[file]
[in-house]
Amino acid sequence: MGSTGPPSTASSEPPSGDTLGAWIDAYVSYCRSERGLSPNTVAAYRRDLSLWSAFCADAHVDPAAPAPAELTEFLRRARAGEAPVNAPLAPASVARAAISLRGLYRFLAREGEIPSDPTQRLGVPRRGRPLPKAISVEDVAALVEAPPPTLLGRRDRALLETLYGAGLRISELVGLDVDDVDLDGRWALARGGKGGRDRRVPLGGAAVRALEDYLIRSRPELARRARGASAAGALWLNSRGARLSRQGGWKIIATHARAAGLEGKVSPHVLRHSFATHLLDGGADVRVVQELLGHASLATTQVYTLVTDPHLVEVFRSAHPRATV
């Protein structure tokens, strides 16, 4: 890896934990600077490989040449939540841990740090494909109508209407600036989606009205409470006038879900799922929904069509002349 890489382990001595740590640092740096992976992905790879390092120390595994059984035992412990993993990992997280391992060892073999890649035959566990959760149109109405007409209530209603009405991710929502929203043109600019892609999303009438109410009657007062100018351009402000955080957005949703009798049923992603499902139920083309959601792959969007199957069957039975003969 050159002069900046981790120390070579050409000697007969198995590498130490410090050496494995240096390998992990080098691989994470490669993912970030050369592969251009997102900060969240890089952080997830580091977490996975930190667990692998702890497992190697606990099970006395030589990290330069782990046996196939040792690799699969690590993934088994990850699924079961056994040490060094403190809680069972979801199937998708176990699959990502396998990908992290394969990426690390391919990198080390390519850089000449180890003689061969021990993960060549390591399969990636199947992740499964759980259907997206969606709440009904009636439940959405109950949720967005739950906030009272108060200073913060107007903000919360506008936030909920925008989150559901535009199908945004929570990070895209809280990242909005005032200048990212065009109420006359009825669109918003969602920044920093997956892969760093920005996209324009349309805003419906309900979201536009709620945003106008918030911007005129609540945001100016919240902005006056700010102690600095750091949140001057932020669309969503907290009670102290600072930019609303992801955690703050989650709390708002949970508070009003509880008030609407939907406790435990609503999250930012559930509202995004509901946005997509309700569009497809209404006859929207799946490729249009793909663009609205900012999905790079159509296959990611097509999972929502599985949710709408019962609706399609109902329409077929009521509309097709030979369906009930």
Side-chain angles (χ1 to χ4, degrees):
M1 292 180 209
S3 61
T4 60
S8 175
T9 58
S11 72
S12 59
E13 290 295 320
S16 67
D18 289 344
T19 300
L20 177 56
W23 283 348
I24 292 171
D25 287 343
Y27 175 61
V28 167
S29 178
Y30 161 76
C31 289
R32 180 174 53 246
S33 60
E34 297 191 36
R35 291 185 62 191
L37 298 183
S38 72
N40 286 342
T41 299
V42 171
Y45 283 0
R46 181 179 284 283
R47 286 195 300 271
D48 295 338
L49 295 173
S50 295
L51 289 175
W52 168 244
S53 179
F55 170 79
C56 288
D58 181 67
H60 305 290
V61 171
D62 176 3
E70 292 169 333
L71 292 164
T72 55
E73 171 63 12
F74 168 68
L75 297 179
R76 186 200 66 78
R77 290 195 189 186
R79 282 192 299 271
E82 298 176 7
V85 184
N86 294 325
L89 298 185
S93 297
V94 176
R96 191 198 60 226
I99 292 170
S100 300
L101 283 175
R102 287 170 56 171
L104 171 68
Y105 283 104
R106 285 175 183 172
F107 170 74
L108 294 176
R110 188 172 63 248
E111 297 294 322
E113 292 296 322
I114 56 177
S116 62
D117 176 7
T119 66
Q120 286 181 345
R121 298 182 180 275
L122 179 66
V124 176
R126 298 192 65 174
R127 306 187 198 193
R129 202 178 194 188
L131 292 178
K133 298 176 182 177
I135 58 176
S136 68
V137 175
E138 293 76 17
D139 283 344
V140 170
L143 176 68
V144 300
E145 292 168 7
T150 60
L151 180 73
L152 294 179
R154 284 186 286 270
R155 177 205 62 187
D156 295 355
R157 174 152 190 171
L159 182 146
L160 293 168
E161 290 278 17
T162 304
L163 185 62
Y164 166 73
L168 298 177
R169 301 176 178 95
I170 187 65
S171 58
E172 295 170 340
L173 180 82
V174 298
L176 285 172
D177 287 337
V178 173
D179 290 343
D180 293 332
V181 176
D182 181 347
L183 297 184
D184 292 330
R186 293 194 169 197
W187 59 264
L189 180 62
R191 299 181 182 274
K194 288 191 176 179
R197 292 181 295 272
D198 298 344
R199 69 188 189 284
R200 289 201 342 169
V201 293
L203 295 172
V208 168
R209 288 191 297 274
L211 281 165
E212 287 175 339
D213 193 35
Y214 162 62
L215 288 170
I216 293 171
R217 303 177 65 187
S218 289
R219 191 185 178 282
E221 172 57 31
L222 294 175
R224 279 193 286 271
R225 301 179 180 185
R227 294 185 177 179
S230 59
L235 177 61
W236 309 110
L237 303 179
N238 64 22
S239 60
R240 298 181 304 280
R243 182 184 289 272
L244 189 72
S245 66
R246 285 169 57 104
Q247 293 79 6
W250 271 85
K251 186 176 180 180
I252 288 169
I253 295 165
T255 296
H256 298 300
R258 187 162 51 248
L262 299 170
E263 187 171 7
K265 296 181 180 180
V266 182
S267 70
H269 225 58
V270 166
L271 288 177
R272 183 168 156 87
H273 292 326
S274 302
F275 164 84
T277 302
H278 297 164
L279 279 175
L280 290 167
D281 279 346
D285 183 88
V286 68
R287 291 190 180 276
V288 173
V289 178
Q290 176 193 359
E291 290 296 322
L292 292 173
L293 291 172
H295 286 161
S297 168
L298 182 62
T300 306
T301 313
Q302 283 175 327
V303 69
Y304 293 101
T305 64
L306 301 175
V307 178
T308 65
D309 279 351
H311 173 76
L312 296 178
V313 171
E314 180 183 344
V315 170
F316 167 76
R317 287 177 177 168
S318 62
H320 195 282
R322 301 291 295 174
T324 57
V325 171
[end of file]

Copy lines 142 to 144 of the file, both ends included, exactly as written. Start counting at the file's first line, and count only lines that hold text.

E212 287 175 339
D213 193 35
Y214 162 62